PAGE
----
Shake That Body
Writer’s comment: The quarter I took English 104C (Journalism) I was also taking my second six-week class in beginning belly dance. I was just learning to do belly rolls and showing my new talent to everyone I knew. The first reaction was always “Eew, that’s so weird. Do it again.” I realized that a lot of people are fascinated by belly dance, but also a little repulsed, and I wondered how performers felt about this ambivalence. So when it was time to write the profile, I interviewed my dance teacher and learned all about the history of belly dance, as well as her own belly dancing history.
- Jennifer Hoover
Instructor’s comment: The personal profile is a standard assignment in most journalism courses, but students often struggle with it since it requires that they not only interview someone who is generally a stranger to them but also become an instant expert on their subject’s particular talent or expertise. In this particular instance, Jennifer Hoover was perfectly situated for this assignment: she had been taking belly dancing for a couple of months and in her teacher Belinda Pate-Dunbar she had a perfect subject. In writing the piece, Jennifer resisted the impulse to talk about her own experience and focused squarely on Pate-Dunbar. In doing so she presents a vivid portrait of her subject and demystifies belly dancing.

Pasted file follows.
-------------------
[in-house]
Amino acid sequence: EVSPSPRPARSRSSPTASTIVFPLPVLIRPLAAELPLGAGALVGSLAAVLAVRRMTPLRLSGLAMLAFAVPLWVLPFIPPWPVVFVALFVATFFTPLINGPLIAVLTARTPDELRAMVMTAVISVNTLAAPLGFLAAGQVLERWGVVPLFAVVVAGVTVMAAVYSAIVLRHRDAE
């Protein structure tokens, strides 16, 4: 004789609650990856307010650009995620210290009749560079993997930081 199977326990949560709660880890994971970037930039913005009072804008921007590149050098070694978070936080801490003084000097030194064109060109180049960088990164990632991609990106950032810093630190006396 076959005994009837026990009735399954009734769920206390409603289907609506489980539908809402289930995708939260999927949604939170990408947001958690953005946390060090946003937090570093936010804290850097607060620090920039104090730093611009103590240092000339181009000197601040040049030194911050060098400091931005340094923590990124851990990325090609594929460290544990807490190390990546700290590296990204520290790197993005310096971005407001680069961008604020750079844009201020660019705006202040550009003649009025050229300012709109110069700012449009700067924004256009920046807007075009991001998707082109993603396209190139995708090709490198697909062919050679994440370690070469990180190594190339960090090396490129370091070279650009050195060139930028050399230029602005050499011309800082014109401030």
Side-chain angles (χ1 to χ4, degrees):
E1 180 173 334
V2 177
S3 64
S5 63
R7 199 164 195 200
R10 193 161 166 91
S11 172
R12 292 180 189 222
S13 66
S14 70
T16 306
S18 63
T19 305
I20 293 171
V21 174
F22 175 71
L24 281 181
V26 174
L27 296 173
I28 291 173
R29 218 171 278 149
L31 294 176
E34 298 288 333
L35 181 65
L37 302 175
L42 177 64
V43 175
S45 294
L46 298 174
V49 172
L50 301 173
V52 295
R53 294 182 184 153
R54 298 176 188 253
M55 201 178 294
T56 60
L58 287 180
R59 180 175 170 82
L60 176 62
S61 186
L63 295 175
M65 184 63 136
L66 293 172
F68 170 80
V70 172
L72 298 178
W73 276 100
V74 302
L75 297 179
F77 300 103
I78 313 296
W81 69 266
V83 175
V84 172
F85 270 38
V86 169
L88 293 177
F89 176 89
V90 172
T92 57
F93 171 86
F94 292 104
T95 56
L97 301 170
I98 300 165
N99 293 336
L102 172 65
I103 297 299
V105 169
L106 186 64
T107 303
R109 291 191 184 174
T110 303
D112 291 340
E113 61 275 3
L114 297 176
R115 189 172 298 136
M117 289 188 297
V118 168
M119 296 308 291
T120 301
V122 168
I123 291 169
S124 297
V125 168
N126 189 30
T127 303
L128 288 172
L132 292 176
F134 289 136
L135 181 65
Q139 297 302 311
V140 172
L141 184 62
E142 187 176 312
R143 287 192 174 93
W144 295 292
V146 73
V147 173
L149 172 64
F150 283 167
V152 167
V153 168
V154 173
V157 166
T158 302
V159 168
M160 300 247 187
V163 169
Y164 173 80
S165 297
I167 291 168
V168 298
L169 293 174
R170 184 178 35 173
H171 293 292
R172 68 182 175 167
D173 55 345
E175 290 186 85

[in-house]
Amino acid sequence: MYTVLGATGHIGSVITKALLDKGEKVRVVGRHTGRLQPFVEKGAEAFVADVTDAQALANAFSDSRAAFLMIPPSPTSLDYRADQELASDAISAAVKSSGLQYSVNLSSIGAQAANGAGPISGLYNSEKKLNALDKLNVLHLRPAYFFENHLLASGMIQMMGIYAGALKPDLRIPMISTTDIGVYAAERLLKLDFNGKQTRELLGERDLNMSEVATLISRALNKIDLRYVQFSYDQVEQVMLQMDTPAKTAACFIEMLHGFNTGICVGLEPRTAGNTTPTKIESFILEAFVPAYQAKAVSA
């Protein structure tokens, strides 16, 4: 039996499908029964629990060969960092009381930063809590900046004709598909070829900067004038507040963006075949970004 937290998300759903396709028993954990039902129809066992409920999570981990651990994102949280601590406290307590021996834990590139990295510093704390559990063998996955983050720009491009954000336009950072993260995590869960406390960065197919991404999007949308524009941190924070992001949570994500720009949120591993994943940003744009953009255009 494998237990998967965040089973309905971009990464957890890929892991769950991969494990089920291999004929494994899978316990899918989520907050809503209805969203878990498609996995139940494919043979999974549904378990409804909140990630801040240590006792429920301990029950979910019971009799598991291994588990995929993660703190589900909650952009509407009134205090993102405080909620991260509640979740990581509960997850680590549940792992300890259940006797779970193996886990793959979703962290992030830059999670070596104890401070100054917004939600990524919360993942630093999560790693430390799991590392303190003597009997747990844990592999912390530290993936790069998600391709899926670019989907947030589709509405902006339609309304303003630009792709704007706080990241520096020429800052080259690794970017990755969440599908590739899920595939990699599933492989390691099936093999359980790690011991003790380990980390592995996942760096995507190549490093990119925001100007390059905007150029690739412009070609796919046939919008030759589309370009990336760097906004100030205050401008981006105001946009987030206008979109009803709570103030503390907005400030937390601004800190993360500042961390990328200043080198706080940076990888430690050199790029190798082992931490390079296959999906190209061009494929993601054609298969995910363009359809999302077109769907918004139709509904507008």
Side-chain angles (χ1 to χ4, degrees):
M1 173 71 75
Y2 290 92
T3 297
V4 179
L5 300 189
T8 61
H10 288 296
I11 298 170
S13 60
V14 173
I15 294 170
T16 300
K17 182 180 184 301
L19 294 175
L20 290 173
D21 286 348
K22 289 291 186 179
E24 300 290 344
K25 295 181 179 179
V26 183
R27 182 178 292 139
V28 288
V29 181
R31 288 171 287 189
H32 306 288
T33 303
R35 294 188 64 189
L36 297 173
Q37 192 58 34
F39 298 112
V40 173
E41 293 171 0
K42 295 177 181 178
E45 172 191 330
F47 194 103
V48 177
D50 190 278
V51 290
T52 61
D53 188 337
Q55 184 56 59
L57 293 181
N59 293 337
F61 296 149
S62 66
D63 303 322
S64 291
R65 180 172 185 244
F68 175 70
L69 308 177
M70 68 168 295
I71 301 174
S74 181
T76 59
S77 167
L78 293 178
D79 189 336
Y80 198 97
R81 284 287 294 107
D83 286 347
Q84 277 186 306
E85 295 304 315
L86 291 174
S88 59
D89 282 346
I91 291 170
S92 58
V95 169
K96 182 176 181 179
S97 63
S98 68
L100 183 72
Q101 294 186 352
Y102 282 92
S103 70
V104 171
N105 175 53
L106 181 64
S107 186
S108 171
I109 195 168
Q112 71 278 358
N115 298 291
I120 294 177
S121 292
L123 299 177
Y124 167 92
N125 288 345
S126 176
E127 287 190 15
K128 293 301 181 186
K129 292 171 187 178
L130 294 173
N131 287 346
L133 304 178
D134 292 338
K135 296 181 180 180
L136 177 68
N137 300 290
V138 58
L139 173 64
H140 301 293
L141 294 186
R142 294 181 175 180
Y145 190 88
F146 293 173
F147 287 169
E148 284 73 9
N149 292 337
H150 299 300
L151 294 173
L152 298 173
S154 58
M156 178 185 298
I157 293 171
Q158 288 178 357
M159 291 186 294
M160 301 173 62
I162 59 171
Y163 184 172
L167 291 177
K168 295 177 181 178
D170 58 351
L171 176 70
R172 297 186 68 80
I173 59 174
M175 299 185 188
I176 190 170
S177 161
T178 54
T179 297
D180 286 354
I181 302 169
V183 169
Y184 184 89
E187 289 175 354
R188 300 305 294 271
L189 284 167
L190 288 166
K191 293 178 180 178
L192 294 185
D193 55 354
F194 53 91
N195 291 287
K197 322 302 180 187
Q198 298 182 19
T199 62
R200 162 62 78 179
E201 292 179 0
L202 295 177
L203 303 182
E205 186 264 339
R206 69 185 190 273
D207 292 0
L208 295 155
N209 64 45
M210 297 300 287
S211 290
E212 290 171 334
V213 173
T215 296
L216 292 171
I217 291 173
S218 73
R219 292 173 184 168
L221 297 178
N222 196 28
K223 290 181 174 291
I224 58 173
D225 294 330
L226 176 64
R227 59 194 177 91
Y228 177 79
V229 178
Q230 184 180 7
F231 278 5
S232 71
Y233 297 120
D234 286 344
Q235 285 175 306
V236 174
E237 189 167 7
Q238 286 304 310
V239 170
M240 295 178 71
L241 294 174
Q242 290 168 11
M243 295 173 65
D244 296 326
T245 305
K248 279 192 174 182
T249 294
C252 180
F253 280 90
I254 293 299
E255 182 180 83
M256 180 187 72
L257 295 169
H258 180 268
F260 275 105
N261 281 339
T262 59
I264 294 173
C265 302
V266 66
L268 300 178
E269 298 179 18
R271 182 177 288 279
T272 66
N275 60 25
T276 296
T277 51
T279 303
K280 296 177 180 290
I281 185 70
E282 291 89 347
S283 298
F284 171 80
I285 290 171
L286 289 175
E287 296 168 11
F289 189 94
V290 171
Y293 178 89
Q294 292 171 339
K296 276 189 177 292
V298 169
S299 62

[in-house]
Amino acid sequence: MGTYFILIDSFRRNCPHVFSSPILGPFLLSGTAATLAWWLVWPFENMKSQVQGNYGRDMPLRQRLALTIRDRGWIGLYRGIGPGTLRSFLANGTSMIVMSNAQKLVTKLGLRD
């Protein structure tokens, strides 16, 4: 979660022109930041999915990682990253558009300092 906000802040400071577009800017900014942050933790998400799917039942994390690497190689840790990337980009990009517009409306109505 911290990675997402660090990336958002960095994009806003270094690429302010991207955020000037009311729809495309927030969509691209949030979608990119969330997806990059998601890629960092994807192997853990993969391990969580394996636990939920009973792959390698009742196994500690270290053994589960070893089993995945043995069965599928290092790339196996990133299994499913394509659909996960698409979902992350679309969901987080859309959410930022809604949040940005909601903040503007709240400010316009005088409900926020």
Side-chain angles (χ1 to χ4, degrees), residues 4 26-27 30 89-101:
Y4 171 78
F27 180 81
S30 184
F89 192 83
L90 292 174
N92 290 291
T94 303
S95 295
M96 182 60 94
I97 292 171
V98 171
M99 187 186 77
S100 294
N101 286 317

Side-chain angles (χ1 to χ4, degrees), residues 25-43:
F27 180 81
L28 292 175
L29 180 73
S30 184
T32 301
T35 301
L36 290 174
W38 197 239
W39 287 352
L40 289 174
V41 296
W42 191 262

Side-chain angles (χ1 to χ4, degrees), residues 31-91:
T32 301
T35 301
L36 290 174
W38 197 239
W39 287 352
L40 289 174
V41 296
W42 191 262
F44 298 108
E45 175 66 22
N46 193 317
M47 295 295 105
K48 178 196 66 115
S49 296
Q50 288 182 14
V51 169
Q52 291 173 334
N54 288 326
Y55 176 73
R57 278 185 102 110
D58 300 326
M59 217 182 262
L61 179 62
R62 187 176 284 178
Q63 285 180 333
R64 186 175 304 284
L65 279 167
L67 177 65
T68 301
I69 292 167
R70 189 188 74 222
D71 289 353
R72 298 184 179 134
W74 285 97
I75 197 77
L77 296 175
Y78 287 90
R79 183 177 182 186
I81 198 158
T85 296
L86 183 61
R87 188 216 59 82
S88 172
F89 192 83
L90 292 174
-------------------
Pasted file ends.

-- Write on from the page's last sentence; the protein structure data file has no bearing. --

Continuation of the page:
- Eric James Schroeder, English Department
In the picture, Belinda Pate-Dunbar wears a satin bra with sleeves and a split skirt that reveals the entire length of her leg as she lunges on the ground. Her eyes are swept in dark makeup, and on her lips sits a seductive smile. The Belinda holding the picture is decidedly non-exotic, wearing glasses, a sweatshirt, and two layers of workout pants. She scowls when a young man accidentally walks in to the just-ending belly dance class. “I don’t like to have men in here at all,” she says. This, from a woman who spends her evenings shaking her hips at restaurant patrons.